Far away you can see Phnom Dei and Phnom Kulen in the north.
You can see three more temples built by Yasovarman: Phnom Bok in the east, and Phnom Krom, near the Tonlé Sap Lake in the south, and Phnom Dei in the north.
Only the beheaded ruin of the pyramid, on top of an overgrown hill, has remained of this magnificence.
At the east of the hill was a Gate Pavilion. A 2-km avenue, flanked symmetrically by water basins, linked the temple to the river, from here a raised road led to the Baray of Lolei, 11 km.
King Jayavarman VII (1181-c.1220) constructed Angkor Thom, the south arterial road of which cuts the eastern part of the Phnom Bakheng.
The east face of the of the hill looks like crashed. The temple lost circa 40 percent of its space.
The core of Angkor, the sacred place, was reduced to the pyramid on top of the hill, and eventually forgotten.
In the 16th century, Buddhist monks destroyed the five top towers to pile up a statue of the sitting Buddha, which was newer finished. When the French restored the pyramid, they removed the sad vestiges of this statue.
R and L mark the remains of the right and left knee of the statue.
Date: Built towards 900
Reign: Yasovarman I (889–c. 900)
Cult: Hindu, Shiva
The Phnom Bok is a prominent hill in the east of Angkor. Here, King Yasovarman I built a sandstone temple.
The towers were dedicated to Shiva (centre), Vishnu (north), and Brahma (south). Four fire shrines are opposite of the towers.
We can visualize the king with pompous entourage ascending the hill and moving into the temple to prostrate himself in front of the idol of Shiva, the “Lord of the Mountains”.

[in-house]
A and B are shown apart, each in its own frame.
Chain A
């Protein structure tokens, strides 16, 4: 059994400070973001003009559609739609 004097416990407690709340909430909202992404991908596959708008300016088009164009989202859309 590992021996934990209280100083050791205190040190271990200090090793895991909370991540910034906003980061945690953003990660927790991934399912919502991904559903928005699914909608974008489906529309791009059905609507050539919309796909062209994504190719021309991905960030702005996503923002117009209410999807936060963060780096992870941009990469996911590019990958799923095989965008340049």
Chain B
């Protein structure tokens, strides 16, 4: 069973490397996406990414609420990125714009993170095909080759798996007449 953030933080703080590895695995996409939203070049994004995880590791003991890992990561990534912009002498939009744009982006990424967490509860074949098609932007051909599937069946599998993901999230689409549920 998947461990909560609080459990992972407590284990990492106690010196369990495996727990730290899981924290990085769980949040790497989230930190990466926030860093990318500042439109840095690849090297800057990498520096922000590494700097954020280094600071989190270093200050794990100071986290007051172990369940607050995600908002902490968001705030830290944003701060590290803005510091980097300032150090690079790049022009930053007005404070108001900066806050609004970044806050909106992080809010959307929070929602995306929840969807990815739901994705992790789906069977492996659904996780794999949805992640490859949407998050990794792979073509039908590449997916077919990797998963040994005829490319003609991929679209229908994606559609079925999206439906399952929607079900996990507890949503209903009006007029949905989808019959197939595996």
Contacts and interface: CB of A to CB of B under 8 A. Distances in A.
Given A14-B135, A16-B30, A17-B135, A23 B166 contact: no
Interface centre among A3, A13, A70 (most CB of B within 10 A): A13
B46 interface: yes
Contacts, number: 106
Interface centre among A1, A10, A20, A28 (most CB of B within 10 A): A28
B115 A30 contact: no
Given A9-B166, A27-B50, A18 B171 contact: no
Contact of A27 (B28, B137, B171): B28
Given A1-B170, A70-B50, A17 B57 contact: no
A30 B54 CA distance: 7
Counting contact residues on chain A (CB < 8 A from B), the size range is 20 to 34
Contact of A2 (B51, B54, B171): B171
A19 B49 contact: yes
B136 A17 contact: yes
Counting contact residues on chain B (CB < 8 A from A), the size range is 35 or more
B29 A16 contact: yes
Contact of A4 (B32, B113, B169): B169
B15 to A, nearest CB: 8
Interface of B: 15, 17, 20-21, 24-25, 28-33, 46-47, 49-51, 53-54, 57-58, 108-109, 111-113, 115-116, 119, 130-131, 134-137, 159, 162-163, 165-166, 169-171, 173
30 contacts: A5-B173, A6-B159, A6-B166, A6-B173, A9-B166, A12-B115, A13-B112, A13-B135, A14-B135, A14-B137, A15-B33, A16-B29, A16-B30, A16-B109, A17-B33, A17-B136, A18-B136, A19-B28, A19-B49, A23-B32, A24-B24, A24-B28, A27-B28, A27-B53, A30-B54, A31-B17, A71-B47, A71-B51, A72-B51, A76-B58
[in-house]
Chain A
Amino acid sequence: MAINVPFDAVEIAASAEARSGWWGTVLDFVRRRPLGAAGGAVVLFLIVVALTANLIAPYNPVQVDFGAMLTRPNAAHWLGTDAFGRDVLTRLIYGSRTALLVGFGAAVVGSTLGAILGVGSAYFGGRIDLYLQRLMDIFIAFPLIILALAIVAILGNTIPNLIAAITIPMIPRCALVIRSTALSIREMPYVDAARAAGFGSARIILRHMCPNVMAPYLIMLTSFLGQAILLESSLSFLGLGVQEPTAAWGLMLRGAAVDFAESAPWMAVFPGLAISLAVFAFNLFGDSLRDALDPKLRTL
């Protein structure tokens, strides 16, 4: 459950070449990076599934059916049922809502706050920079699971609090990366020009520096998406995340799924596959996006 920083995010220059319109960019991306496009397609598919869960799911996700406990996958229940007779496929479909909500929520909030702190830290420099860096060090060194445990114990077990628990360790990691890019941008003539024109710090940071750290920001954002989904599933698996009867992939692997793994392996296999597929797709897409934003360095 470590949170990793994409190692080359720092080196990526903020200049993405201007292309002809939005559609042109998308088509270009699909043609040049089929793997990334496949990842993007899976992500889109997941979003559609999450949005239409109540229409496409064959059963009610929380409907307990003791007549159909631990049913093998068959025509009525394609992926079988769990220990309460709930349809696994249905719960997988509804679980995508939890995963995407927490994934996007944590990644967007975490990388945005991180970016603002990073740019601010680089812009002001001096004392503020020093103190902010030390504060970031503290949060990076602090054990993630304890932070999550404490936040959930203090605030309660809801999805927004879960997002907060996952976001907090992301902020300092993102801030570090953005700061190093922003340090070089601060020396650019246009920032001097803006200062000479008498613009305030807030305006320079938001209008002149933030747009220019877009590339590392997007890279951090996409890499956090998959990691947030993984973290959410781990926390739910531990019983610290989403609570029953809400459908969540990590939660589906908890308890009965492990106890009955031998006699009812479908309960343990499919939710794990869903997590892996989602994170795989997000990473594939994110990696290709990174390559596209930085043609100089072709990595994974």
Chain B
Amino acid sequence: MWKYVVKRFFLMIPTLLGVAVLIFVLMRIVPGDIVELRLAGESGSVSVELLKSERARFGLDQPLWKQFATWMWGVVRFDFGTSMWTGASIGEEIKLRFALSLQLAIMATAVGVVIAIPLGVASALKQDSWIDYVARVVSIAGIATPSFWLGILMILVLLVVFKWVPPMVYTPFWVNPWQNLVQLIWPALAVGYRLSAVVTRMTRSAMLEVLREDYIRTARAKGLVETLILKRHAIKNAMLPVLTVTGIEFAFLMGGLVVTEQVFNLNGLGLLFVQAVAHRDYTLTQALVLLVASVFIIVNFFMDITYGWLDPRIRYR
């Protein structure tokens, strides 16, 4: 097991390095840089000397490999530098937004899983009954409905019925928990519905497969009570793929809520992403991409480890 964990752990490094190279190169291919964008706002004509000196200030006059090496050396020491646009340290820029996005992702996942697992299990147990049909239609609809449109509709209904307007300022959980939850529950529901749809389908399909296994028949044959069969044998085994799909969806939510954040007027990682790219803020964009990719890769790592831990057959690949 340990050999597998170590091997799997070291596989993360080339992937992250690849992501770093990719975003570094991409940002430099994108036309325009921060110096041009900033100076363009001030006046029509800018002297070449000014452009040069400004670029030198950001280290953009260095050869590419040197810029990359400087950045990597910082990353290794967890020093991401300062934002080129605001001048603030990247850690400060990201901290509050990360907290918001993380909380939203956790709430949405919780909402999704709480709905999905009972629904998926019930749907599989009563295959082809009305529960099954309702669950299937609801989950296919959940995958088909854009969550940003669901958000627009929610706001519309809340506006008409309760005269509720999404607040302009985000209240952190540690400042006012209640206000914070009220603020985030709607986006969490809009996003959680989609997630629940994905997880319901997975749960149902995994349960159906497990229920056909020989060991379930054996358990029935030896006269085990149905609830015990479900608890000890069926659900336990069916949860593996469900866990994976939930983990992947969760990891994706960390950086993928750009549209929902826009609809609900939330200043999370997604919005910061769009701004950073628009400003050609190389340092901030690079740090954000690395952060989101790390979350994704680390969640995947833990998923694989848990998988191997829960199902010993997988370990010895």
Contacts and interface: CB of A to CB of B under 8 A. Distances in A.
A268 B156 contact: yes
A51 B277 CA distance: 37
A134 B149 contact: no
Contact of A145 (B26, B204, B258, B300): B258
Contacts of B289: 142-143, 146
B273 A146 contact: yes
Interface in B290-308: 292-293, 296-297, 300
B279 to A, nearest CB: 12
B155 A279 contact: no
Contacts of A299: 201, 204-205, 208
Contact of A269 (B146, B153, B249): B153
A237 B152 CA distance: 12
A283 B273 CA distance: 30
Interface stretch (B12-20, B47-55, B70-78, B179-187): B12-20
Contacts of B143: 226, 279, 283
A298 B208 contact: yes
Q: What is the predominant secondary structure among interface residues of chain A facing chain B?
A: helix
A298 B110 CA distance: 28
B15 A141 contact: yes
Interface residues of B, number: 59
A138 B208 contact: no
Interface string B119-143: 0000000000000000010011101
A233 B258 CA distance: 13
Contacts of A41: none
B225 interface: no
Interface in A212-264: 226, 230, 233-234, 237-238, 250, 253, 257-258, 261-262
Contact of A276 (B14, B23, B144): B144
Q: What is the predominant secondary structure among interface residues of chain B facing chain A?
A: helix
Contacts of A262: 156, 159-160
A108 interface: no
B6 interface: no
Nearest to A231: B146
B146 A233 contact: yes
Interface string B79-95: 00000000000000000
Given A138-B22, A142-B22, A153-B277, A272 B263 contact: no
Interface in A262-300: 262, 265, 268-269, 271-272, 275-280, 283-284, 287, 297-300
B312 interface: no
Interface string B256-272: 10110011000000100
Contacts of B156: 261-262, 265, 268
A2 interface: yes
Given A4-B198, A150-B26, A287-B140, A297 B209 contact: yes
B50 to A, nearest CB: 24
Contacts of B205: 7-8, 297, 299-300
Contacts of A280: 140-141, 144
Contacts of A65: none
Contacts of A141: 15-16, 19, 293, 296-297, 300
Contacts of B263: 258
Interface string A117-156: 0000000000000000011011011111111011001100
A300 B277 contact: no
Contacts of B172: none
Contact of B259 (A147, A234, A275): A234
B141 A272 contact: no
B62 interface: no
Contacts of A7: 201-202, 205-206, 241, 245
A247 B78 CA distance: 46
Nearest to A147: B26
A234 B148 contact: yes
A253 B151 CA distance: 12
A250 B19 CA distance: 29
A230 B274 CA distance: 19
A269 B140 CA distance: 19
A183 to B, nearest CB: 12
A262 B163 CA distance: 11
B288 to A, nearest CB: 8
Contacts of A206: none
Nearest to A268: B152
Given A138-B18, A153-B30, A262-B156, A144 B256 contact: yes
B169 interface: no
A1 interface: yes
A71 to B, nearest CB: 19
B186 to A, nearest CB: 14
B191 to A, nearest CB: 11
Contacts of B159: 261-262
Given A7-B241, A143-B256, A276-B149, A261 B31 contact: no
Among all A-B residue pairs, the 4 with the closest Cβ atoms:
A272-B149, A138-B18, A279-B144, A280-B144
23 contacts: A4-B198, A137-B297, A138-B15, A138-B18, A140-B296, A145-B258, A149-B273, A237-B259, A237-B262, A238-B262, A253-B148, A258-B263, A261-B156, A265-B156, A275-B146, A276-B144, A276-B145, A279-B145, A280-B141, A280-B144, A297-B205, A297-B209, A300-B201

Indeed, this summit gives a grand view of Angkor.
But now, the towers are without upper tiers and ruined.
To re-enact the king's visit you have to climb over fallen blocks of stone and to make detours. The towers are godforsaken; there seems to be no longer any reason to approach to them reverentially.
Appearance of the Goddesses
Now, the goddesses have taken centre stage: At the outer walls of the towers, twenty-four sensual Devatas are standing in niches which are framed by colonnettes; and an elegant vault of foliage. Though partly unfinished and badly destroyed, the impressive and radiating traces of former glory make now the main attraction of the temple. Even in the current state, they can wrap you with their beauty.
An enormous Linga
At c. 150 m west, we find the ruin of a laterite platform which was topped by an enormous linga: now it has come crashing down and broken. It was 4 m high, with 1.20 m diameter, and more than 10 tons of weight.
Follow the road from Banteay Samré to the east/northeast. The gate of the wat after c. 6 km at the left hand side is the entrance. Angkor Ticket required. You have to climb up a 630-steps stairway. It’s worth it!
By its structure, the temple is similar to Phnom Bok. Located on a hill at the shores of the Tonlé Sap, the towers open to the east and, facing the lake, to the west.
It is a fine place for watching sundown.